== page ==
Monday, July 26, 2010

Thorofare - Susan Minot




Susan Minot – December 7, 1956 -

It’s impossible it seems to read so many short stories in a compacted period of time, and during such an emotionally charged section of my life, that I wouldn’t seem to think that I was encountering a solid theme emerging from the American Short Story.

I have encountered the “difficult pregnancy” story – (hasn’t helped with my thoughts on our own pregnancy).

The disabled child story (again, toying with my emotions during this time)

The single parent (my father and his struggle with Alzheimer’s...added to the feelings that most kids of the 70s and 80s have towards their father’s who left their family).

The unfaithful spouse (thankfully I can’t draw a “real life” parallel here!).

And finally, death and its impact on the family – no surprise here –

I seem to have come across quite a few of these stories in The Best American Short Stories collections.

Where is my parallel?

Well, I have both a step-father, a father and mother that all seem to be fixated on death – more pointedly, their death.

Discussions surrounding the health of my step-father and his continued time with us have also included the discussion of what we as a family will do when it’s his time to go. That discussion then turns to a discussion with my mother about what she wants to happen to her after she dies.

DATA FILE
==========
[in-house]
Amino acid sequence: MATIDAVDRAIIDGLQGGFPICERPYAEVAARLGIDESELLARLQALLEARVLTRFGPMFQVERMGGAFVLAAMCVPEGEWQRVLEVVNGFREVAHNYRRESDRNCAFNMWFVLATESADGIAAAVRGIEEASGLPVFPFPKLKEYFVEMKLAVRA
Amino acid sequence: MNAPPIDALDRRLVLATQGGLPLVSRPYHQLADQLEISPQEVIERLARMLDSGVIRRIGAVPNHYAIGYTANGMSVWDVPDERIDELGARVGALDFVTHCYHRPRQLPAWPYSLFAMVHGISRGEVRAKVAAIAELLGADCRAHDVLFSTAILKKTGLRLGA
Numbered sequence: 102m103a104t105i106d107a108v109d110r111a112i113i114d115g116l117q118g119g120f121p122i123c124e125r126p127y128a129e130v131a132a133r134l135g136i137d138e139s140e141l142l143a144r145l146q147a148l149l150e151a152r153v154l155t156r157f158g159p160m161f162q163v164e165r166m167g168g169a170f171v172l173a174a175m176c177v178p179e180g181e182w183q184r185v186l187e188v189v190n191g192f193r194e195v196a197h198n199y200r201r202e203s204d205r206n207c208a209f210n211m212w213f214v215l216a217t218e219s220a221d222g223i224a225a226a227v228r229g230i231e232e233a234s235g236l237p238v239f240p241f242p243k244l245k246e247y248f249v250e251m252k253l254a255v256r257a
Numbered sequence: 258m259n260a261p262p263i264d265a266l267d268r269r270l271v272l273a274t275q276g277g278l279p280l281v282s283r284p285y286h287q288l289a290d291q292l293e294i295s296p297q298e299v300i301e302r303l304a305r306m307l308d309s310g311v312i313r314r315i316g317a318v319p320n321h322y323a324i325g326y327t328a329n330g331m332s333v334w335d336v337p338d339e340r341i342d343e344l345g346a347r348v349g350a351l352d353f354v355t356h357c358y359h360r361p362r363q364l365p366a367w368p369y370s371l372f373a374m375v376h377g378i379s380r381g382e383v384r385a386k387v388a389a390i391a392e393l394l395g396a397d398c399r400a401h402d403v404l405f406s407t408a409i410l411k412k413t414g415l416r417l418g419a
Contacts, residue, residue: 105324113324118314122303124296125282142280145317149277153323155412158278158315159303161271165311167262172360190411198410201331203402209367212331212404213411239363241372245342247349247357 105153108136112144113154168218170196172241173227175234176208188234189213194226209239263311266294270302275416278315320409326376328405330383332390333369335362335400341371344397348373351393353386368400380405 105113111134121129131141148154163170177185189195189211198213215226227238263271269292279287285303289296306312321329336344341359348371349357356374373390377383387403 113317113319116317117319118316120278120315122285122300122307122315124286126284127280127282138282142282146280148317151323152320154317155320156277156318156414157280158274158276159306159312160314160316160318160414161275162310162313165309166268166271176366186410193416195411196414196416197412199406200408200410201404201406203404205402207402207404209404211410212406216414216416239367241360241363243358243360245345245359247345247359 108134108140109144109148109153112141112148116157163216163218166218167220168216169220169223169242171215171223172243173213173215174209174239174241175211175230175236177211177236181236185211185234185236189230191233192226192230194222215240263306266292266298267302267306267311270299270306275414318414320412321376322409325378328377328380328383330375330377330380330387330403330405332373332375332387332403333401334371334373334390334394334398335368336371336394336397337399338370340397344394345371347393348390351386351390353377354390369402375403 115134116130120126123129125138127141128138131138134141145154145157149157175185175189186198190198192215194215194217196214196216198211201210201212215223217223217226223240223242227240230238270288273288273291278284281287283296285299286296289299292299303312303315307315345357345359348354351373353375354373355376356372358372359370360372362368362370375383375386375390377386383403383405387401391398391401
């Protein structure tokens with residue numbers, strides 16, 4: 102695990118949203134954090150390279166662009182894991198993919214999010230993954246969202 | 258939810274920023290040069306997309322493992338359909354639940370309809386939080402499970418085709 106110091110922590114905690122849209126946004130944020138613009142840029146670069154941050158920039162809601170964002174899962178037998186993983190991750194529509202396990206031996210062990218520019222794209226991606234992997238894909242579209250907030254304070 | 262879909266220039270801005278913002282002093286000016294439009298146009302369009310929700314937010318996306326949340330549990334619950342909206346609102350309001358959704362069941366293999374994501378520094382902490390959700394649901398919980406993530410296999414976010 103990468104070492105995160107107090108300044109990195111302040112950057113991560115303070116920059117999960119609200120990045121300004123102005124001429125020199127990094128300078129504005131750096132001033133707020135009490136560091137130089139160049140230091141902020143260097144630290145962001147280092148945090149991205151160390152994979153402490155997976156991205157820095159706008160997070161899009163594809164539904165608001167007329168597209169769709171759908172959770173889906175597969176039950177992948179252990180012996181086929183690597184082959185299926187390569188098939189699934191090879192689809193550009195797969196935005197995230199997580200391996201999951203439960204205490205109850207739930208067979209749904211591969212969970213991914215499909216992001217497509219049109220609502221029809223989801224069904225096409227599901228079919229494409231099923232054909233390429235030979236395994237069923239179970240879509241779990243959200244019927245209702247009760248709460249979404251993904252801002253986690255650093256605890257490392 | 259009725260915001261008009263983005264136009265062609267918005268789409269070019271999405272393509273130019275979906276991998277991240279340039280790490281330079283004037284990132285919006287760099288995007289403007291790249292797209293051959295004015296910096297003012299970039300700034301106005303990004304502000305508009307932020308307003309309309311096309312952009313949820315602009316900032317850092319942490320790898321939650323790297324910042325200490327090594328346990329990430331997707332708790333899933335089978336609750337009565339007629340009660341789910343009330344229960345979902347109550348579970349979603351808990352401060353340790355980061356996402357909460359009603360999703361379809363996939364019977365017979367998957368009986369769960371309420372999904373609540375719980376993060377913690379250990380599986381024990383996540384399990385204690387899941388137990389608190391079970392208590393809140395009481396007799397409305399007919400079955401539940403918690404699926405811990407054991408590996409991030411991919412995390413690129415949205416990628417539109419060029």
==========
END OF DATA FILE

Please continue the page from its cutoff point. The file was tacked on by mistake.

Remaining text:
Then I have my father who obsesses during our visits with him about his long walk down death’s road with Alzheimer’s.

So, I encounter Thorofare and think “oh shit, another death story”.

I wholeheartedly agree that the story should have been included in the anthology. It’s a wonderful story.

It just came at a very sensitive time in my life.

A time where I have two fathers rounding out their lives while at the same time, M and I are preparing to bring another life into this world.

What I take away from this story is not the message of the story...but the timing that it appeared in my life. I could have read this story two years ago and it would not have had the impact that it did when I read it a couple of weeks ago.

Which makes me think – did Updike choose his stories based on the mood he was in that particular year, or was his selections made out of his ability to really recognize quality writing?

Possibly a little of both.

Everyday when we climb out of bed and stumble into the bathroom, piss, and then make our way downstairs to make our coffee – we are opening the book of our day.

We have no clue of the author or the work that we are about to encounter.

Just chalk this up as another reason why I love this anthology.

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